Irish consumers are increasingly concerned about the rising cost of Christmas shopping, with 7 in 10 adults expecting their Christmas shopping to be more expensive this year. Price is still the primary factor influencing consumers when choosing where to shop, with 68 percent ranking it as a crucial consideration, compared to 65 percent last year.
The latest KPMG Next Gen Retail Survey also reveals that 63 percent of consumers will be giving smaller Christmas gifts this year, because of cost-of-living challenges, and 45 percent will be more likely to give some people cash or vouchers to spend rather than a traditional gift.
Keith Watt, Head of Retail
Concerns about the affordability of Christmas shopping
Like 2022, our survey indicates continued concerns about the affordability of Christmas shopping this year, with 70 percent of adults expecting it to be more expensive than in 2022 and 62 percent saying these increased costs will make the holiday season more stressful to them.
This year, 58 percent of consumers will reduce their Christmas shopping spending due to less disposable income and higher prices. While 6 in 10 have or will be reducing their spending in restaurants and pubs, compared to last year, to save costs.
Attitudes towards Christmas shopping
Source: KPMG Next Gen Retail Survey
Increase in price
of survey respondents expect Christmas shopping to be significantly more expensive this year
Reduction in social spend
of survey respondents will be reducing their spend in restaurants and pubs this Christmas
Keith Watt, Head of Retail at KPMG, said: "The long-term impact of the cost-of-living crisis has diminished consumer purchasing power, but it appears Irish shoppers are still planning to spend more at Christmas by sacrificing other things. Our research shows nearly half of all adults (46 percent) will actively plan to seek online deals on Black Friday and Cyber Monday. While these days are vital for retailers and for shoppers seeking to take advantage of the discounts available, customers are becoming even more price conscious and researching before buying any deal."
As a response, 45 percent will shop online more often to find better deals, and 3 in 10 have either started or intend to begin their Christmas shopping earlier than usual this year due to concerns about product shortages.
Younger cohorts are more concerned about product shortages and more likely to participate in savings clubs or use credit facilities in preparation for Christmas shopping. Despite concerns about product shortages, less than 1 in 5 consumers has had difficulty finding products in stock.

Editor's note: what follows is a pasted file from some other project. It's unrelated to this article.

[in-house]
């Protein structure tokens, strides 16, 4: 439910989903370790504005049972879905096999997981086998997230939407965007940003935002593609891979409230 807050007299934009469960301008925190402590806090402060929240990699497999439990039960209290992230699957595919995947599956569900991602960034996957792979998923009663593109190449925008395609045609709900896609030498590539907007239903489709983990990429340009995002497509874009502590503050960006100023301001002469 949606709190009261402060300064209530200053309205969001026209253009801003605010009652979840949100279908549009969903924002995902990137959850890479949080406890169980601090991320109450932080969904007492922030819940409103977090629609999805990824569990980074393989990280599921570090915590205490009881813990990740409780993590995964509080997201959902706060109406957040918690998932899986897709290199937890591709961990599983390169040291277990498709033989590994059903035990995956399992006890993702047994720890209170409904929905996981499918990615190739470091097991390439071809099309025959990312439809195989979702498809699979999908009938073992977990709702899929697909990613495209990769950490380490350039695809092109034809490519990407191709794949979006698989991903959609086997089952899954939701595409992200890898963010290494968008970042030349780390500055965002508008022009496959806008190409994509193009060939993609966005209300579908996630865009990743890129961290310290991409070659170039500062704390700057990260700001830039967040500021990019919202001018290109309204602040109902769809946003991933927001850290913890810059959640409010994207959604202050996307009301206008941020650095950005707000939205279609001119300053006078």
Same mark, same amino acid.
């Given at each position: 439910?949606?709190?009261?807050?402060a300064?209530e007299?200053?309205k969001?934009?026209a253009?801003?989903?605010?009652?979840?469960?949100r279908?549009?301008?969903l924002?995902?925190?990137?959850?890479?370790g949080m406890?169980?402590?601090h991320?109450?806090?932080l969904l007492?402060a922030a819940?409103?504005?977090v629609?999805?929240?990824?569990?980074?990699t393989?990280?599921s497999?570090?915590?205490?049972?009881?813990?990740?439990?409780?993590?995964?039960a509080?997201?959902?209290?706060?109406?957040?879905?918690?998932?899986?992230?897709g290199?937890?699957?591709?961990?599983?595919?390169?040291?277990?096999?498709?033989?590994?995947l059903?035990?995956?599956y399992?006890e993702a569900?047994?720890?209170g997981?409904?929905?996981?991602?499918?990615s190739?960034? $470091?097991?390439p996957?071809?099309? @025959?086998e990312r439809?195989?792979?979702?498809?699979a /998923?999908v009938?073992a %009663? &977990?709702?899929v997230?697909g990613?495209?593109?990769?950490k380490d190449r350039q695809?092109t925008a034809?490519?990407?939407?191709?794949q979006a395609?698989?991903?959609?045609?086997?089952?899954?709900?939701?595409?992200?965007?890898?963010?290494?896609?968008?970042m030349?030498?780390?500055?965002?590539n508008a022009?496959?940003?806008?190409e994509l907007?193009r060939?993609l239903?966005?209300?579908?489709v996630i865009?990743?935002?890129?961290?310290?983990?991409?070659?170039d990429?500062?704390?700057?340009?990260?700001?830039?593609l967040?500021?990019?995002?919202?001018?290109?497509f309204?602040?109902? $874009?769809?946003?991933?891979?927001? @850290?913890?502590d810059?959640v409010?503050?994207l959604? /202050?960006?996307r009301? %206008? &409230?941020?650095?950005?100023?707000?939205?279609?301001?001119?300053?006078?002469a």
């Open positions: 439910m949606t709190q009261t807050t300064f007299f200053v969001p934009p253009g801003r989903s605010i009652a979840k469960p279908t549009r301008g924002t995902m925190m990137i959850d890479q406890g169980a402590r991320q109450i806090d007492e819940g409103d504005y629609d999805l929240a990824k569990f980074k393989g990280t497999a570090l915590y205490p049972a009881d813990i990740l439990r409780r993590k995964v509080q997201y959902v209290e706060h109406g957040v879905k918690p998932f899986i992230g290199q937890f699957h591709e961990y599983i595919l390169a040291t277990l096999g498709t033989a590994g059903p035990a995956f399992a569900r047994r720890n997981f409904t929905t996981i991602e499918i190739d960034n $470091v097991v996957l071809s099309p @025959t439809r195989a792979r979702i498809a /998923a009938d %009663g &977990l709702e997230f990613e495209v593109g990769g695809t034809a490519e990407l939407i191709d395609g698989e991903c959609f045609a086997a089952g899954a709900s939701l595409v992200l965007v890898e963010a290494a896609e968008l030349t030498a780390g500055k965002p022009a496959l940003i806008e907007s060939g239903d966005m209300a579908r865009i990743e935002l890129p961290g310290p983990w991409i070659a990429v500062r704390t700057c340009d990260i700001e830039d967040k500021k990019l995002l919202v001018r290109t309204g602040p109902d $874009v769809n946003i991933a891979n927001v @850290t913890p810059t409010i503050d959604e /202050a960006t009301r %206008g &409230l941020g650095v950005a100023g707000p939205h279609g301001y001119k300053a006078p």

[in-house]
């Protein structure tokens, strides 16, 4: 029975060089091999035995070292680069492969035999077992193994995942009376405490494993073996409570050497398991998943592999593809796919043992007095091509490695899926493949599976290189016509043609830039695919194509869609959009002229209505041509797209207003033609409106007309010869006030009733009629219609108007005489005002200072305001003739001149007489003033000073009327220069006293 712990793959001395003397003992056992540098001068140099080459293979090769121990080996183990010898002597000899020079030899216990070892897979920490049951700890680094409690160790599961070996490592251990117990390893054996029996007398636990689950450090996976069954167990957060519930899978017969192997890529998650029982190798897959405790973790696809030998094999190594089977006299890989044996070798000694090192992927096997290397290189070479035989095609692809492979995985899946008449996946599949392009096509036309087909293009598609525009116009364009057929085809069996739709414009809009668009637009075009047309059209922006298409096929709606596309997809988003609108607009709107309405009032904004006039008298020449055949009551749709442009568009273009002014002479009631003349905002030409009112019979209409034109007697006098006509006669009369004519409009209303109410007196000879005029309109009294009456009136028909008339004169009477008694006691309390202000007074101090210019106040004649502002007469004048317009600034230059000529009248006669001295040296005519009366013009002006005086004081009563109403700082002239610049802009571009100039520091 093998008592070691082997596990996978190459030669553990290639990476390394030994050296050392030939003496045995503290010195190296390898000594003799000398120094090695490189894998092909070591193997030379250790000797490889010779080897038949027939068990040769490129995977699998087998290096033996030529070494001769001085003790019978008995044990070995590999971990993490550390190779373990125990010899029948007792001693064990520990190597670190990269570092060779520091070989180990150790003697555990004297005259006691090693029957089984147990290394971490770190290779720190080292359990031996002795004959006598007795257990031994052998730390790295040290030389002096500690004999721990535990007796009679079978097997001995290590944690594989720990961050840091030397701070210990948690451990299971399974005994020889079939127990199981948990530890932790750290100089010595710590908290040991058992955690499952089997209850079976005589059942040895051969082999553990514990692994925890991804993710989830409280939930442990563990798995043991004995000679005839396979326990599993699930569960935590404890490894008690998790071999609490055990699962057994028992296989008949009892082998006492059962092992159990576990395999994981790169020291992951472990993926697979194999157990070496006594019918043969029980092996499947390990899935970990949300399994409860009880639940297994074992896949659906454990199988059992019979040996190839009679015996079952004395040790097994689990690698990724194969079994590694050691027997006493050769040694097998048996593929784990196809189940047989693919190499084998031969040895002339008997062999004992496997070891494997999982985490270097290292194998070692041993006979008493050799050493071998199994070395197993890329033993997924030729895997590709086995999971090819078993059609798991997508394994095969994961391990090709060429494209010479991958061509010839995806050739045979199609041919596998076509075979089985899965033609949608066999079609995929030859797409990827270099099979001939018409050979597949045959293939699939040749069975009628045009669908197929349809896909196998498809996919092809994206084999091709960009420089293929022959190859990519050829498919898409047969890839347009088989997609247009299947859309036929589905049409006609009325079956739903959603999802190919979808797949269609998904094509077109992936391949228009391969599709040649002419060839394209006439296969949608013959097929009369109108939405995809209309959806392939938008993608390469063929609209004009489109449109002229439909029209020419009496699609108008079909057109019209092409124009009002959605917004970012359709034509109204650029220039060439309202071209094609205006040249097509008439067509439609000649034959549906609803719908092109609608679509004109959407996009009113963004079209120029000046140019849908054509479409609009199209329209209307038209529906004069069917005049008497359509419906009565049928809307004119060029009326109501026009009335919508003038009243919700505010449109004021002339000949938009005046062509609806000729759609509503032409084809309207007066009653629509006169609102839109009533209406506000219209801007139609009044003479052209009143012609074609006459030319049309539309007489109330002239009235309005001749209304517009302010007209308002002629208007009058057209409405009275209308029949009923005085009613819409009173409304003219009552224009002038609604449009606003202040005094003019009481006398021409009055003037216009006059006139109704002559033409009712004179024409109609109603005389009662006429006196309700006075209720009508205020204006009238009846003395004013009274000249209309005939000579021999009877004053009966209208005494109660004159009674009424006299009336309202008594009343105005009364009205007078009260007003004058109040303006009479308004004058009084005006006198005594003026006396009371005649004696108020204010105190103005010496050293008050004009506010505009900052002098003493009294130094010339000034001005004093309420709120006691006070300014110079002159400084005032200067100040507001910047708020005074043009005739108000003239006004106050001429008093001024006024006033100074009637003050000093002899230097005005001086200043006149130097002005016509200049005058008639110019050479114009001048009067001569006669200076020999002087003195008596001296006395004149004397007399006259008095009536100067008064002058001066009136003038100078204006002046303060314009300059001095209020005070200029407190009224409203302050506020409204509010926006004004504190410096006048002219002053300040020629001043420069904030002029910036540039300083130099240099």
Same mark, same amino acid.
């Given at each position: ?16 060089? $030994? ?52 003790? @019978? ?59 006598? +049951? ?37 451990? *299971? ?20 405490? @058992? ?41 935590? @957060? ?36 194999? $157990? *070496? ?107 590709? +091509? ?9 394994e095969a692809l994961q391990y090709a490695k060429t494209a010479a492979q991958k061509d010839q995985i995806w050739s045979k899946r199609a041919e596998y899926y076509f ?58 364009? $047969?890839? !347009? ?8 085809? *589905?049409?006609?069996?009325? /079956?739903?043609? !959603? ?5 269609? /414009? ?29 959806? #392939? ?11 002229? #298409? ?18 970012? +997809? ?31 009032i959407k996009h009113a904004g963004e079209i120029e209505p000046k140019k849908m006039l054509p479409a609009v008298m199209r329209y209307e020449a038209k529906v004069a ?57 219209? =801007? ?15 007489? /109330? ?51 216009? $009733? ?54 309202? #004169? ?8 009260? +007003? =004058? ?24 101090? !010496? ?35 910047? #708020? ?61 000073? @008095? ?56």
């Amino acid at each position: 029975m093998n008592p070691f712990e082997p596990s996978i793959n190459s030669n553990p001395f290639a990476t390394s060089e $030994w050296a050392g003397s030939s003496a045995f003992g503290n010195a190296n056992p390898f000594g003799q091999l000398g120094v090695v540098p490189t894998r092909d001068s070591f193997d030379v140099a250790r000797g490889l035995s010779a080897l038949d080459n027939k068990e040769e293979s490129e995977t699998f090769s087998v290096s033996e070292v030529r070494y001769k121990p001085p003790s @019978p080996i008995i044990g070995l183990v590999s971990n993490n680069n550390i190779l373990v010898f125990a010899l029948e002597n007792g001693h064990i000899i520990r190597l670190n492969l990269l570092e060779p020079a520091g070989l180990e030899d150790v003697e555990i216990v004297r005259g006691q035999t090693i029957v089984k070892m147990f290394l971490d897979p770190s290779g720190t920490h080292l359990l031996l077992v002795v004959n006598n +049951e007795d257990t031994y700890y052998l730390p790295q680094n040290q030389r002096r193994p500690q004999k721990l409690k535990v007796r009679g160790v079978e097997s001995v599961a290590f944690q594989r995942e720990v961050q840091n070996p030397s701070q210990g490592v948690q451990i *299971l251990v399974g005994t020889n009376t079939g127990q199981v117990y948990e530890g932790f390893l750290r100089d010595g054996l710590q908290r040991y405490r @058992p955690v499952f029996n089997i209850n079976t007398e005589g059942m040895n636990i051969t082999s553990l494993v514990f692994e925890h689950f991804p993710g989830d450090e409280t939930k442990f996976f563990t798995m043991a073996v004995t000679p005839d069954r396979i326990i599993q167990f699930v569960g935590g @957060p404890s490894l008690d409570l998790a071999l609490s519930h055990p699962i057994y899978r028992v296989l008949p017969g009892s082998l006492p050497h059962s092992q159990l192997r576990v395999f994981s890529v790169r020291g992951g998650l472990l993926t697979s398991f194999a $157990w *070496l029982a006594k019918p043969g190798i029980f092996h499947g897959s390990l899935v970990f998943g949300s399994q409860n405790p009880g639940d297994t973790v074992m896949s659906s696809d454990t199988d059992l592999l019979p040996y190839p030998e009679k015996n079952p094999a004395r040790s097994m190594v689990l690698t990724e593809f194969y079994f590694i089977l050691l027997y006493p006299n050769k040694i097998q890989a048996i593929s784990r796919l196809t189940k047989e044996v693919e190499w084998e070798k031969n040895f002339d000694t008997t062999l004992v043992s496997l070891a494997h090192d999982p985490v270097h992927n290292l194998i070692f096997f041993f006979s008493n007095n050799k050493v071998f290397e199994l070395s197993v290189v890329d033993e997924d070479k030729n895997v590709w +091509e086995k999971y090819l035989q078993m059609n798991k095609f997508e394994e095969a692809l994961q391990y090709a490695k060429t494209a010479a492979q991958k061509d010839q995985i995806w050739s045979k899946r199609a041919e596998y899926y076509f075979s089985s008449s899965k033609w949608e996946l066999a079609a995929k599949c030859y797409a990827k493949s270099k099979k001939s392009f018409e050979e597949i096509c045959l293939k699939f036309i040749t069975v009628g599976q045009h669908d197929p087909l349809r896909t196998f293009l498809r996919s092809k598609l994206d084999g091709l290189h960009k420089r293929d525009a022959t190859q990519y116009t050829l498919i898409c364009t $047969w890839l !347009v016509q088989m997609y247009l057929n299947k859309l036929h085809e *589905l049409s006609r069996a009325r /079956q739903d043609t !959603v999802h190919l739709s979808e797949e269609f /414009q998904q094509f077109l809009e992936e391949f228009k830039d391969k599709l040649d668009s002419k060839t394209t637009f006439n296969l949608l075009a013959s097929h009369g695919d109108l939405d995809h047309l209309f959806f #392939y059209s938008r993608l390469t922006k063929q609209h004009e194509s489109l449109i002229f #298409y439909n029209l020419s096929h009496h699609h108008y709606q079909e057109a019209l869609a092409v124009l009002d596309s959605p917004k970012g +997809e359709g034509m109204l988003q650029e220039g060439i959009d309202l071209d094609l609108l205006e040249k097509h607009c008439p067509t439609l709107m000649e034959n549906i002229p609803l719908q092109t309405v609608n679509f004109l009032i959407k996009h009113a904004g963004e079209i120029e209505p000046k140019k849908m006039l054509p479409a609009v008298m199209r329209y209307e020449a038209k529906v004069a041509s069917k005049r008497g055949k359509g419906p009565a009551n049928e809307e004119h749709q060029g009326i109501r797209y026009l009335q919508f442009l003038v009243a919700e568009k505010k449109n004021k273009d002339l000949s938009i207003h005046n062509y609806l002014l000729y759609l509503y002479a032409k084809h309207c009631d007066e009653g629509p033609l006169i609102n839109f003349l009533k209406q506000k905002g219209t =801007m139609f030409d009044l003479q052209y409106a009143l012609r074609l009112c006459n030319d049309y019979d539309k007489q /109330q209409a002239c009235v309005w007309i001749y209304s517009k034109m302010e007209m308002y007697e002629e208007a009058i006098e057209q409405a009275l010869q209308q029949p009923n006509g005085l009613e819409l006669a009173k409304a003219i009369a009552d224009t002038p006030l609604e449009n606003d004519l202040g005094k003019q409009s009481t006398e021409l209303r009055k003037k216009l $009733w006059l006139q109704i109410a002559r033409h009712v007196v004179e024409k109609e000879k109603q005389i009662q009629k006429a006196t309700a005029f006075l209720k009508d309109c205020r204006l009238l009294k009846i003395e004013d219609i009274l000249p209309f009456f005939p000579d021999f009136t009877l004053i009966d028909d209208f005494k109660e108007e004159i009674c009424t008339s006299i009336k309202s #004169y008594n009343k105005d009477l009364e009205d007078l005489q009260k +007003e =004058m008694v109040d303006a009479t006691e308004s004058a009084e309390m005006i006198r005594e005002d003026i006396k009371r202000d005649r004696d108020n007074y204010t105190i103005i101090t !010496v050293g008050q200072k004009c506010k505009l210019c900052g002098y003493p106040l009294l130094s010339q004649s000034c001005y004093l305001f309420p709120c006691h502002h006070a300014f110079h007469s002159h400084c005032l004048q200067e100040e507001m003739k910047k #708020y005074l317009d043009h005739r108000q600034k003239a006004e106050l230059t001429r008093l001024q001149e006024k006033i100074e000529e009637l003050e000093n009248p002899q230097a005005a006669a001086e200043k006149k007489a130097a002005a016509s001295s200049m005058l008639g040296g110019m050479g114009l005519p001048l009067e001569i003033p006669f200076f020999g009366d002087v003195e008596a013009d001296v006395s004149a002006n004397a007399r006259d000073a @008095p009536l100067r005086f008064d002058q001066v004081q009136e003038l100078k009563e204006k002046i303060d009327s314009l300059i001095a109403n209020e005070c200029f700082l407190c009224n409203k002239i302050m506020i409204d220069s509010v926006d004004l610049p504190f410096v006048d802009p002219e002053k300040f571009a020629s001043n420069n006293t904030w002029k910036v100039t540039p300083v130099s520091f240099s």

Consumers planning to spend more on gifts than food
Regarding budget allocation, consumers plan to spend more on gifts than food for the Christmas season. The average food shop spend is estimated at €254.70, while the average gift shop spend will be €407.40.
Those aged 35-54 have a bigger budget for gift shopping than most, planning to spend €475 on gifts and €277 on food. In contrast, those aged 18-24 are more conservative with their budgets, estimating €261.60 on gifts and €193 on food.
35–44-year-olds and females are most likely to start Christmas shopping early, while 6 percent of shoppers avoid all the stress and don’t do any Christmas shopping.
Consumer shopping preferences are largely unchanged
The shopping behaviours of consumers in Ireland have remained the same since the total lift of Covid regulations in early 2022 and most expect their shopping behaviours to remain the same over the coming 12 months.
Groceries remain the least likely category to be shopped online, while clothes and gifts drive online purchasing. The majority (85 percent) of consumers still prefer to buy groceries in-store, and 58 percent opt for in-store shopping for homeware.
However, 28 percent of consumers prefer to purchase clothes/fashion online, and 26 percent choose to buy gifts online, with younger cohorts showing a higher likelihood of shopping online across various categories.
Most consumers (43 percent) still prefer to shop at large shopping centres, an increase from 40 percent in 2022, followed by 27 percent who prefer to shop locally and city centres remain unchanged at 16 percent.
Credit and debit cards remain preferred payment method
Our survey reveals nearly 2 in 5 Irish adults prefer to use credit and debit cards as their most preferred method of payment, followed by 34 percent using cash, 15 percent using mobile payments like Apple/Android pay, and 1 in 10 Irish shoppers use Revolut as their preferred payment method for shopping online and sending money to/from friends and family.
Attitudes to online shopping remain stable
Under 35s are more likely to buy more often across all channels, whilst over 55s less likely to use online for any part of the buying journey. Those under 35 also view online shopping as a more convenient and cost-effective way to buy goods.
While over half of consumers (54 percent) agree that buying products online is cheaper, more than 60 percent still prefer to buy in-store to see and feel the product before making a purchase. Approximately 41 percent of consumers admit to occasionally abandoning online transactions due to complicated or lengthy website navigation and payment forms.
Attitudes towards online shopping
Source: KPMG Next Gen Retail Survey
of survey respondents prefer to shop in a physical store as they can touch and see the products
Price as priority
of survey respondents say it is cheaper to buy products online than in a store
Get in touch
Do you have any queries about the findings of our KPMG Next Gen Retail survey, or the impacts for your business? Our team of seasoned industry specialists is here to empower your business with invaluable advice and solutions.
Contact Keith Watt of our Retail and Manufacturing team; we'd be delighted to hear from you.
Head of Retail & Manufacturing
KPMG in Ireland